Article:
Student Life 100 Years Ago: No Loafing Place Up Here

| August 11, 2010

“Oh! She came up to College just for fun

But found before her work was done

T was no loafing place up here.

No loafing place up here — Teachers College”

— Faculty Song, 1906

The exuberance of Teachers College student life has always extended beyond the classroom. Each class organized itself around a slate of elected officers; recorded its group history; wrote songs capturing the collegiate experience; and competed with the other classes to demonstrate school spirit. Extracurricular activities offered opportunities to expand on academic, religious and social interests.

The Class Book for 1906 contains the rosters of the Graduate Club; the Kindergarten Club (who celebrated May Day with a maypole dance); the Home Economics Club; the Dramatic Club; the Mandolin Club; and the Southern Club. National fraternal organizations included Delta Sigma and Zeta Theta Pi, service sorority. Class members threw themselves into activities such as three Subscription Dances; a Students Exchange; the Students’ Reception; the Student Tea; and Screamland, a skit parodying Dreamland at Coney Island.And the drug store in the ground floor of Whittier Hall offered parched students soda fountain concoctions like the Horace Mannikin, the Co-Ed Frappe and the College Yell.

The Phillips Brooks Guild and the Young Women’s Christian Association (YWCA) were concerned with social action and the plight of the poor and women. The Phillips Brooks Guild sponsored lectures by prominent urban reformers like Jacob Riis, author of How The Other Half Lives: Studies Among The Tenements Of New York. The YWCA was concerned with the housing and health needs of young city women and helped fund a sizable delegation to the annual Student Conference at Silver Bay on Lake George, New York. Teachers College’s founder, Grace Dodge, was the first president of the board of the national Young Women’s Christian Association.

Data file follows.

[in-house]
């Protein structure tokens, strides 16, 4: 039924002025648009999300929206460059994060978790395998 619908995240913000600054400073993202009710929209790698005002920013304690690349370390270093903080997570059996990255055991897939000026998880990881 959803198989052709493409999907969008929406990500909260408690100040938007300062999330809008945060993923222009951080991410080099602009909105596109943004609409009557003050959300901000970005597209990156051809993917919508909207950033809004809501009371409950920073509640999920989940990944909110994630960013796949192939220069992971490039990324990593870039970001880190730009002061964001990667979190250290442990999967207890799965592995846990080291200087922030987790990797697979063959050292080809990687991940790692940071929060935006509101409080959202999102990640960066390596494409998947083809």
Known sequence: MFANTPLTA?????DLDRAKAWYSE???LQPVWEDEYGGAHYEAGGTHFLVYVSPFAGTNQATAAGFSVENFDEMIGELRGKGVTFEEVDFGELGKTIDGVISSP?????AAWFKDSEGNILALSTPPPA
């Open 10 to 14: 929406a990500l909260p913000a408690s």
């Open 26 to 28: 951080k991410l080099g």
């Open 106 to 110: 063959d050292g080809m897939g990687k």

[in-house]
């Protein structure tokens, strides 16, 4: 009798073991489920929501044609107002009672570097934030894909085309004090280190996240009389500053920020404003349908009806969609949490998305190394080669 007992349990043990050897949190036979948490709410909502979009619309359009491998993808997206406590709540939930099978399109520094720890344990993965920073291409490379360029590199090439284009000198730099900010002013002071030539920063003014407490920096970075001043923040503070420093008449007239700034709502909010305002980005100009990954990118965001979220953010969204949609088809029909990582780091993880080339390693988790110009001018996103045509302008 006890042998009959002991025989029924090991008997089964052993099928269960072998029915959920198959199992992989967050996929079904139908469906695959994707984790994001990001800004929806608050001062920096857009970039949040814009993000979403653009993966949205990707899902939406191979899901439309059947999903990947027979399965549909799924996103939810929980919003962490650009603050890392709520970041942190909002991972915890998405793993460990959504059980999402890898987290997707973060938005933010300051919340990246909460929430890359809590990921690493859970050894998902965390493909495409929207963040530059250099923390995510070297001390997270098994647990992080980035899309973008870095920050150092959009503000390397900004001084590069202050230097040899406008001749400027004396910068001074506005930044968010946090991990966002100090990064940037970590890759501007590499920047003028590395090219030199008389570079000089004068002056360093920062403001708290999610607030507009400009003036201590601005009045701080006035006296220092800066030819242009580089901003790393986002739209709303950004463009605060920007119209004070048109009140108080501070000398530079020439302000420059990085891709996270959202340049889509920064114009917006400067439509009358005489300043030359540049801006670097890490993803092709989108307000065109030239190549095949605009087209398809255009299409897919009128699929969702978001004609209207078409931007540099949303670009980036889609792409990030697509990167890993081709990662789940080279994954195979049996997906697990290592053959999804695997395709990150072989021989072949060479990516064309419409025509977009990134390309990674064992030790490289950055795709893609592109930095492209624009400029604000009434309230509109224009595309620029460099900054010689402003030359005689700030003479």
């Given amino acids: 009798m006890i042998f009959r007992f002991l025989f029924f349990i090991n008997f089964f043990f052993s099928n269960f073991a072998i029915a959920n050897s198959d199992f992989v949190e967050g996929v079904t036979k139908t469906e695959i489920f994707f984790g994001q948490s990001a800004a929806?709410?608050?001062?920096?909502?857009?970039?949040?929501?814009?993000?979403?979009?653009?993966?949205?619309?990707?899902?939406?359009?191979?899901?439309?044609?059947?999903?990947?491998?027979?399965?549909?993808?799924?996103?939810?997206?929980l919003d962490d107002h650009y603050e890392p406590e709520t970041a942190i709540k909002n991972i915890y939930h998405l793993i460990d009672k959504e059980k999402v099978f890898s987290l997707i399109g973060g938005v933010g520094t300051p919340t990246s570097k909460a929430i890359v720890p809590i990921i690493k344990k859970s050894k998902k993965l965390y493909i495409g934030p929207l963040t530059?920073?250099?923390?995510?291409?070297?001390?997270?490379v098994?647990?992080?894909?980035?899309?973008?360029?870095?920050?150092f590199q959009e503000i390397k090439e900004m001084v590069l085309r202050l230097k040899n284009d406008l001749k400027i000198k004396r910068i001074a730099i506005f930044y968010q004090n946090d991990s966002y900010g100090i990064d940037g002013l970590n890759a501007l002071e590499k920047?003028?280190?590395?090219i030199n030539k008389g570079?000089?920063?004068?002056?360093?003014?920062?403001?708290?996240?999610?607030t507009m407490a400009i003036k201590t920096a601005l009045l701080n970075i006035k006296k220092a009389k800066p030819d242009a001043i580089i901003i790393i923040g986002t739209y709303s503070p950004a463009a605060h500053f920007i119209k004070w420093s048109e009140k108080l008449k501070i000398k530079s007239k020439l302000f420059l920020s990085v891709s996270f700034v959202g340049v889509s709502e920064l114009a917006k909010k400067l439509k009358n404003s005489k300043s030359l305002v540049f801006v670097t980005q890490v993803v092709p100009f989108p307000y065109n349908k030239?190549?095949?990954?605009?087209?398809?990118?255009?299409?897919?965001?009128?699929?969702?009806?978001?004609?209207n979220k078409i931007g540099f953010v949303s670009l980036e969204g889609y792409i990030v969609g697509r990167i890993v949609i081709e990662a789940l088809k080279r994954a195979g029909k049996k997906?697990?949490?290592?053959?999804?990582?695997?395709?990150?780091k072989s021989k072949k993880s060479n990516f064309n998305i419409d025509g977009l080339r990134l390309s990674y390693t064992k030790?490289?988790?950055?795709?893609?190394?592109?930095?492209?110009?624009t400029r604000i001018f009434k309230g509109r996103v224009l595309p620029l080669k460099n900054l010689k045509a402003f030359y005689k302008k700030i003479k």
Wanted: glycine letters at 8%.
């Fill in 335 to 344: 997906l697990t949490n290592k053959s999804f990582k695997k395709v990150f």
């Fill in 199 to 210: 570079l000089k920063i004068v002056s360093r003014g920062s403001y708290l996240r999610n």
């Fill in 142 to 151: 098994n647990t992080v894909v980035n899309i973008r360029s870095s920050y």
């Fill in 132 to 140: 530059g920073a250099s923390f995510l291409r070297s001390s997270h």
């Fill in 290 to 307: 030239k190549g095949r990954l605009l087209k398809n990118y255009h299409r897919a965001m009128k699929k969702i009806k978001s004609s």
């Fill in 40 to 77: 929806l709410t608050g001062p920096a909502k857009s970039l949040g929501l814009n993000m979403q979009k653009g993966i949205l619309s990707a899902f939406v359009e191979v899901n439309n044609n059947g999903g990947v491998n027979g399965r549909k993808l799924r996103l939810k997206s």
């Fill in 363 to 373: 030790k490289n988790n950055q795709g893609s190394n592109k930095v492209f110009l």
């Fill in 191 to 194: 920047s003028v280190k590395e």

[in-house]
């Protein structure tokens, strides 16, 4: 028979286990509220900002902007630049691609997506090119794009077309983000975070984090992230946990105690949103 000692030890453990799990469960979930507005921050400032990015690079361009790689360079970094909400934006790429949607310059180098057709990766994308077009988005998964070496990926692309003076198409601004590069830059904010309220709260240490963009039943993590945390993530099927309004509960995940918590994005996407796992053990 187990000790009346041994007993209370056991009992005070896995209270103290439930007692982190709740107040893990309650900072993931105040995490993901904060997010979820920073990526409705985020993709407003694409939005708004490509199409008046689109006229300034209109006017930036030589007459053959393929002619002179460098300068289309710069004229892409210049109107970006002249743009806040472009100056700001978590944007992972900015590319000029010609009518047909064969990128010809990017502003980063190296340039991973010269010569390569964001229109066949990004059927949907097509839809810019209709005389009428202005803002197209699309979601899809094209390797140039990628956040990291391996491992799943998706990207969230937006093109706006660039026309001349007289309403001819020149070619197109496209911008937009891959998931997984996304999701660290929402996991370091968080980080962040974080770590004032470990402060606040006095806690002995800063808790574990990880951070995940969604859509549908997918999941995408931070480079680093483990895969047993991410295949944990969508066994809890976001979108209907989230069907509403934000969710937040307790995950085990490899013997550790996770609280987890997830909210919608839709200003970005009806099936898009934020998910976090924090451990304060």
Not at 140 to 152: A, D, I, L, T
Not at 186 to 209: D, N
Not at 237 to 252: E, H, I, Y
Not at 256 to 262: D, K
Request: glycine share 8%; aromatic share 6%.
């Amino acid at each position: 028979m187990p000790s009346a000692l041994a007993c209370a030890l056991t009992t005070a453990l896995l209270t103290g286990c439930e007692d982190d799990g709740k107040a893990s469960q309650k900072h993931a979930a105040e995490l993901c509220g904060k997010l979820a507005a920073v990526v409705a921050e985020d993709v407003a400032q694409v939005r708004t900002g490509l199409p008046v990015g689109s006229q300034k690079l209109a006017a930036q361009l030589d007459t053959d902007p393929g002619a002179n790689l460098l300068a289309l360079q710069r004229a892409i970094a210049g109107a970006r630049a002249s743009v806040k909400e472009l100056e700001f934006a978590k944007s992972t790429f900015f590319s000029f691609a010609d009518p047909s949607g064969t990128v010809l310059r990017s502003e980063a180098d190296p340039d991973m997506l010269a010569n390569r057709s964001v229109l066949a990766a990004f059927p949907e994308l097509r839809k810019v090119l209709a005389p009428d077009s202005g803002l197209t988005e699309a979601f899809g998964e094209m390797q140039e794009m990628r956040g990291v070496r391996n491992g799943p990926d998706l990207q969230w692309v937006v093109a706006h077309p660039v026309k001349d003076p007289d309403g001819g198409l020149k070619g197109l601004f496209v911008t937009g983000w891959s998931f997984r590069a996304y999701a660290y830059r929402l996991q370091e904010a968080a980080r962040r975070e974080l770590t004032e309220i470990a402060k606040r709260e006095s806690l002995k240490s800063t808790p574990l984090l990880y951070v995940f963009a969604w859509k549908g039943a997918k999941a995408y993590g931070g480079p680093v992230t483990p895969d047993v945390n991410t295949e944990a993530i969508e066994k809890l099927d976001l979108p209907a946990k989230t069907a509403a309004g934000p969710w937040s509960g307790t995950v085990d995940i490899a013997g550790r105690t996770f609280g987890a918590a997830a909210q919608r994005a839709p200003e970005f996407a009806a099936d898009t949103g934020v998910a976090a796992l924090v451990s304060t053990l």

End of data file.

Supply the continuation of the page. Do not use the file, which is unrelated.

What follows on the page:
The annual Festival was the single most engaging extracurricular activity for almost a decade. Part stage play, part pageant and part sing-along, the Festival was held in early spring in conjunction with the Alumni Conferences. Students and faculty from every department contributed. Audience participation was encouraged. Each festival had a theme: The Spirit of America (1916); The Festival of Gifts (1918); The Spirit of the East (1920); and The Masque of Merry Beggers (1921). The 1916 Teachers College Record published a series of six articles called Producing the Festival that described the organization, staging, decoration, costumes, hats and color printing behind the undertaking. Proceeds were contributed to the support of a professorship in education at the Canton Christian College in China.

Nor were all student groups officially sanctioned. The German Commers of the Amen Club met at the homes of members. A commers was a student social group that usually met once a year at the end of the term or on the institution’s anniversary. The evening consisted of eating, speech making, singing and voluminous ritualistic beer drinking, known as “rubbing the salamander.”